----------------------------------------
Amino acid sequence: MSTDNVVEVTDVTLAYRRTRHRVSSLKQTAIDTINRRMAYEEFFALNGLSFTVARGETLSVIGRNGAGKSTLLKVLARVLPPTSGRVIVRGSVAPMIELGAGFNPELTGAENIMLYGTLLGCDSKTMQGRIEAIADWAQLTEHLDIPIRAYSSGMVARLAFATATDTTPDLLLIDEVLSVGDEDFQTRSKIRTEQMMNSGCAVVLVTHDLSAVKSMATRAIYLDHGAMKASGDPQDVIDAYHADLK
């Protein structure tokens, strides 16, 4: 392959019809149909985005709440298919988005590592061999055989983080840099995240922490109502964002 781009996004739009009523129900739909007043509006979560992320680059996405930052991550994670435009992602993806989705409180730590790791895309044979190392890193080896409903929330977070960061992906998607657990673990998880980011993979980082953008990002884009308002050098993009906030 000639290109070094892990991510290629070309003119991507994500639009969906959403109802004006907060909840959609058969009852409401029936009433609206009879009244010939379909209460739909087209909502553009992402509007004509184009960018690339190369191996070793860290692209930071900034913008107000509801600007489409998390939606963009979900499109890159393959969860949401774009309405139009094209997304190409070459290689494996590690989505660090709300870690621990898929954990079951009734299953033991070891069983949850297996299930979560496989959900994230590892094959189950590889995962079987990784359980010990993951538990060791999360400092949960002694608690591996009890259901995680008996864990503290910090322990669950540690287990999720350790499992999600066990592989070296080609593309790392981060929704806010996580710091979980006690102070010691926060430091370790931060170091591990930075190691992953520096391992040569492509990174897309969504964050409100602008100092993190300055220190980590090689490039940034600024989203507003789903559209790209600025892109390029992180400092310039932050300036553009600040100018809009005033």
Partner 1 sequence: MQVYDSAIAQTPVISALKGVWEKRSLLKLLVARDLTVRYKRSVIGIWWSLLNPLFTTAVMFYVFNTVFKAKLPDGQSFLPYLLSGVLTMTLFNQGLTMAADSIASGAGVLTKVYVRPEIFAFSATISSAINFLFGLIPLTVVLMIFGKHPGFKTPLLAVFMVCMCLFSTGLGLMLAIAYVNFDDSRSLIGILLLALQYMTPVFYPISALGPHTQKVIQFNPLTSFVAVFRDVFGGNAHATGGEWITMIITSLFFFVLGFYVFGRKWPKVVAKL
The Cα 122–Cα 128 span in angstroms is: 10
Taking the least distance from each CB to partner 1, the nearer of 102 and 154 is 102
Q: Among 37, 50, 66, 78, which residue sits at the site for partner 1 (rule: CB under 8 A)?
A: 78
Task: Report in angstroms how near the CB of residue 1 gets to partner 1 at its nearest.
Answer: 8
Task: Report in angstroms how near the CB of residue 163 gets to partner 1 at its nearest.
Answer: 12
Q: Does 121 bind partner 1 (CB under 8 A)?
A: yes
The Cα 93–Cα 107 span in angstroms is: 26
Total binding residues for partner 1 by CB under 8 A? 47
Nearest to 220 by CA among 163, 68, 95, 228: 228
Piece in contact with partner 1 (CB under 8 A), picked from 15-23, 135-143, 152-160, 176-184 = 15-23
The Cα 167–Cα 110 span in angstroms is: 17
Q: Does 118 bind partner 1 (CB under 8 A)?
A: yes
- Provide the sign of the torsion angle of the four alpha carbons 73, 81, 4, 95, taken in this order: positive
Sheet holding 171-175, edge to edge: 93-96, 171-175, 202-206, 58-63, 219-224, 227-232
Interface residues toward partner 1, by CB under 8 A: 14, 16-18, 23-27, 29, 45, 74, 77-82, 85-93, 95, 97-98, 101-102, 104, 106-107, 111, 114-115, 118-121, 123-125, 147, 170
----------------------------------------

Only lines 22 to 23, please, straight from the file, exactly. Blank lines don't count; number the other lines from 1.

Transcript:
Sheet holding 171-175, edge to edge: 93-96, 171-175, 202-206, 58-63, 219-224, 227-232
Interface residues toward partner 1, by CB under 8 A: 14, 16-18, 23-27, 29, 45, 74, 77-82, 85-93, 95, 97-98, 101-102, 104, 106-107, 111, 114-115, 118-121, 123-125, 147, 170